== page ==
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04.24.2014
News Flash
Herald-Examiner redevelopment moves ahead in Los Angeles.
Building 11 as seen from Hill Street.
Courtesy Forest City

Julia Morgan’s magnificent but dilapidated Herald-Examiner Building, located on the long-neglected south end of Broadway in Downtown Los Angeles, is about to get the attention it has deserved for decades. The Hearst Companies have awarded Los Angeles firm Omgivning the commission for its renovation and redevelopment. Meanwhile, Harley Ellis Devereaux (HED) will design two adjacent mixed-use buildings, tentatively called 11 x 12, for Forest City.

The opulent, Spanish Revival style Herald-Examiner (1914) was designed for William Randolph Hearst’s newspaper of the same name. The publication closed in 1989 and the edifice, with its terra cotta rooftops, tiled domes, and elegant archways, has been suffering from serious neglect since. The architects will install retail and restaurants on the ground floor and creative office and commercial spaces above. The building’s ornate lobby remains in tact, said Omgivning principal Karin Liljegren, but the remaining interior consists mostly of a raw concrete shell. The developer for the renovation is the Hearst Companies. Completion dates have not been finalized, said Liljegren.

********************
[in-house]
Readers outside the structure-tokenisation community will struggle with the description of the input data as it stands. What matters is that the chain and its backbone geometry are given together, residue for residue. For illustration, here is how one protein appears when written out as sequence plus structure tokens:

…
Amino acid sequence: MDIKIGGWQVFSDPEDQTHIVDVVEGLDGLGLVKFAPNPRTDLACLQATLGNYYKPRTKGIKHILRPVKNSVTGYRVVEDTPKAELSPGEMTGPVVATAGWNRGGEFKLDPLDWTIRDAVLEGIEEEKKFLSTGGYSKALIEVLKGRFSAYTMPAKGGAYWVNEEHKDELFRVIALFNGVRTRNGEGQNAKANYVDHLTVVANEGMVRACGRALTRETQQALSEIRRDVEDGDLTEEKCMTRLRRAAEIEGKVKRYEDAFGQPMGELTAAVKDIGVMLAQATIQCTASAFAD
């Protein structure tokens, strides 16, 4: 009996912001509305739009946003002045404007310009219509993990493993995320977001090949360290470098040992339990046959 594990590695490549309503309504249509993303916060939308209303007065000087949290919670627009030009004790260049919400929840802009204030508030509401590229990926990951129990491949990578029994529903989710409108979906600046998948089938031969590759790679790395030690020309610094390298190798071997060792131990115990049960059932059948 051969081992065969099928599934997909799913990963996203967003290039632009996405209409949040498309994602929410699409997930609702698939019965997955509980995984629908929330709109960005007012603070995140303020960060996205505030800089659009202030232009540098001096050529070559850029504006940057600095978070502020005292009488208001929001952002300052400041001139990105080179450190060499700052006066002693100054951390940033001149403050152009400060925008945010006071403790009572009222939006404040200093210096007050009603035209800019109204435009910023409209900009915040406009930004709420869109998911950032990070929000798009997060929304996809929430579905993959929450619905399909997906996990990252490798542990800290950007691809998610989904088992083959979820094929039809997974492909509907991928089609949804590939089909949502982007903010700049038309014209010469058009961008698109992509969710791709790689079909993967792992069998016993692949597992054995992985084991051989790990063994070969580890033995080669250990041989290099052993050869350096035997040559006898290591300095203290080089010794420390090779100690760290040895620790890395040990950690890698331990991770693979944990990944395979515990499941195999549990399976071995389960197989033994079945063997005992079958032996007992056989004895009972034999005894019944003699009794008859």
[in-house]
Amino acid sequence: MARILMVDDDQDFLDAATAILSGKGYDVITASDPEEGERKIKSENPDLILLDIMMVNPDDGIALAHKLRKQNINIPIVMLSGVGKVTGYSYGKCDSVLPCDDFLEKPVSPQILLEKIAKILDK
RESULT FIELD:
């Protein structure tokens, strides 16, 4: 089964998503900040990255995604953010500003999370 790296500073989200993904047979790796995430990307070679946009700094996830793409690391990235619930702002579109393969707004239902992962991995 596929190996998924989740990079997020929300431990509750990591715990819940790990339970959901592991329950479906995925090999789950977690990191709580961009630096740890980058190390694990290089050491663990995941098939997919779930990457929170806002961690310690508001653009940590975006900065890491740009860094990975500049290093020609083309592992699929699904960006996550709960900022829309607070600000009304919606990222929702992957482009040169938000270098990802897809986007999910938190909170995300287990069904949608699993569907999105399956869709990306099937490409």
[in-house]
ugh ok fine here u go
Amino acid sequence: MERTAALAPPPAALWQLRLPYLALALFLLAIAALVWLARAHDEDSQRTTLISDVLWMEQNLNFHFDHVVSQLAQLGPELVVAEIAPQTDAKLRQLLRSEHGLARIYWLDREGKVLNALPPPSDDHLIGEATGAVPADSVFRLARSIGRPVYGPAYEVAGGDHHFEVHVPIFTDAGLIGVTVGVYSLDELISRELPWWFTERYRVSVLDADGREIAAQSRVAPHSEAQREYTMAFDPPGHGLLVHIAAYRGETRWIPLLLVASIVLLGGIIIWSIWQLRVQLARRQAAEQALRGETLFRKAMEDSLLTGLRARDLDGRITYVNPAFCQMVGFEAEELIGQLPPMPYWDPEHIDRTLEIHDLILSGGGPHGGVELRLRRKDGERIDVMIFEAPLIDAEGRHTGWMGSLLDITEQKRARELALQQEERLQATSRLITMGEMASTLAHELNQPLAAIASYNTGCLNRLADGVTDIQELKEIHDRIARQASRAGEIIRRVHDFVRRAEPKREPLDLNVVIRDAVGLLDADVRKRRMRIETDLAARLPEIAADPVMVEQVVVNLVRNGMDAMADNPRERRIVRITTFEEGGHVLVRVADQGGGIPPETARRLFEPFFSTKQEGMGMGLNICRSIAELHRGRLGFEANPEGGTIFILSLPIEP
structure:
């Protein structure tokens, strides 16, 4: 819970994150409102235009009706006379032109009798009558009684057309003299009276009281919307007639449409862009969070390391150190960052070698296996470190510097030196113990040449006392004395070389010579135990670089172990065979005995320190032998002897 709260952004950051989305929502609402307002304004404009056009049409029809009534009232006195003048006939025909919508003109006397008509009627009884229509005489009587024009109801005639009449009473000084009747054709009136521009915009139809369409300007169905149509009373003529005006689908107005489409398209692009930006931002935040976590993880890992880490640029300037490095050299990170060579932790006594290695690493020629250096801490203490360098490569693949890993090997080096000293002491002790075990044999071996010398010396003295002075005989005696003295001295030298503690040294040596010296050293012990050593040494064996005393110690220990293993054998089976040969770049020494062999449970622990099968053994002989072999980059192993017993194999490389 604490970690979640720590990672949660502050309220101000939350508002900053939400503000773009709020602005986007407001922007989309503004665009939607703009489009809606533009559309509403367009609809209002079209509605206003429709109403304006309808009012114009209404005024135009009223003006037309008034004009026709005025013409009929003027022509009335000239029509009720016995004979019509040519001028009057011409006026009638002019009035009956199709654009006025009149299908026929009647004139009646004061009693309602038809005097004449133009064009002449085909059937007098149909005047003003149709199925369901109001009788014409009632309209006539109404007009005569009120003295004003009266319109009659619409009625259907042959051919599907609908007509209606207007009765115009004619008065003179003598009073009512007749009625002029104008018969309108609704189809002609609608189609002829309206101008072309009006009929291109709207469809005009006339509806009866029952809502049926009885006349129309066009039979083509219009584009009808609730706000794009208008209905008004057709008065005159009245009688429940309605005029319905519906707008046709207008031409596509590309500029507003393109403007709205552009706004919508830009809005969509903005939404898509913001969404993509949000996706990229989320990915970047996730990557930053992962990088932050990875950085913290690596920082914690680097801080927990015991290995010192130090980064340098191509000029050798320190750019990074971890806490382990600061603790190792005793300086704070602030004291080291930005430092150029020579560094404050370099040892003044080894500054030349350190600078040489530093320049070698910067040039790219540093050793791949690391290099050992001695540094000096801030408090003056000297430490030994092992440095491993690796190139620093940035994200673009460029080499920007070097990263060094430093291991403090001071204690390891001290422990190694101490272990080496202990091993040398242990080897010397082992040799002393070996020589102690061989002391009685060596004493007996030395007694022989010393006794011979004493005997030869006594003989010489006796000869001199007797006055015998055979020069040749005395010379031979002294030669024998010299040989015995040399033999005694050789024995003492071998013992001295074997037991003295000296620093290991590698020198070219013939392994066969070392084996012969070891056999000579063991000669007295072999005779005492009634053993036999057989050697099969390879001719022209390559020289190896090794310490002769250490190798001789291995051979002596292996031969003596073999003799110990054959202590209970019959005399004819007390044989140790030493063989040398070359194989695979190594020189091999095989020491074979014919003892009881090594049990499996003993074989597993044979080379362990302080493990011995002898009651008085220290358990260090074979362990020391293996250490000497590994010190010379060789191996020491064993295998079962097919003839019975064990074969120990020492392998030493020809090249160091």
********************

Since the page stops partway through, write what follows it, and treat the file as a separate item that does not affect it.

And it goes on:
View of Building 12 from the street  (left). View of new building and paseo behind the Herald-Examiner (right).
Courtesy Forest City
 

HED’s nearby buildings include “11,” a red-colored linear building behind the Herald Examiner near 11th Street, and “12,” a blue-colored cube-shaped building one block south near 12th Street. 11 contains 178 residential units and about 6,000 square feet of retail, while 12 houses 214 units and 8,000 square feet of retail. Both designs have large podiums and are “ragingly contemporary,” said HED principal Daniel Gehman. Still, 11, its red color inspired by the Herald-Examiner’s auburn tiles, is slightly more muted when facing the historic building, so as to “be a good, poetic neighbor,” said Gehman.

HED is designing a narrow, heavily landscaped paseo behind the Herald-Examiner, giving the buildings breathing room and providing outdoor dining and congregation space. The buildings and the paseo are expected to break ground by the end of this year and be completed by late 2016 or early 2017.

Floyd B. Bariscale
 

Hearst almost redeveloped the Herald-Examiner in 2007, commissioning Morphosis to design two jagged residential high rises behind the Julia Morgan building. The recession killed that scheme.

Omgivning is also designing a boutique hotel across the street from the Herald Examiner in a historic 13-story high rise that once contained the Case Hotel.

“It’s such an important thing for Broadway to get that bookend,” said Liljegren, referring to filling out the south side of a street that is finally emerging from years of slumber. Liljegren has been involved with reforming the area’s sign ordinance to allow for a much wider variety of signs on Broadway, from open panel roof marquees to long, narrow blade signs, rising up the side of the street. “This is long overdue, what’s happening here,” agreed Gehman. “It’s all coming together.”

Sam Lubell

 

Courtesy San Diego Air & Space Museum Archive; Monica Lee & Joel Pulliatti/Gibbs-Smith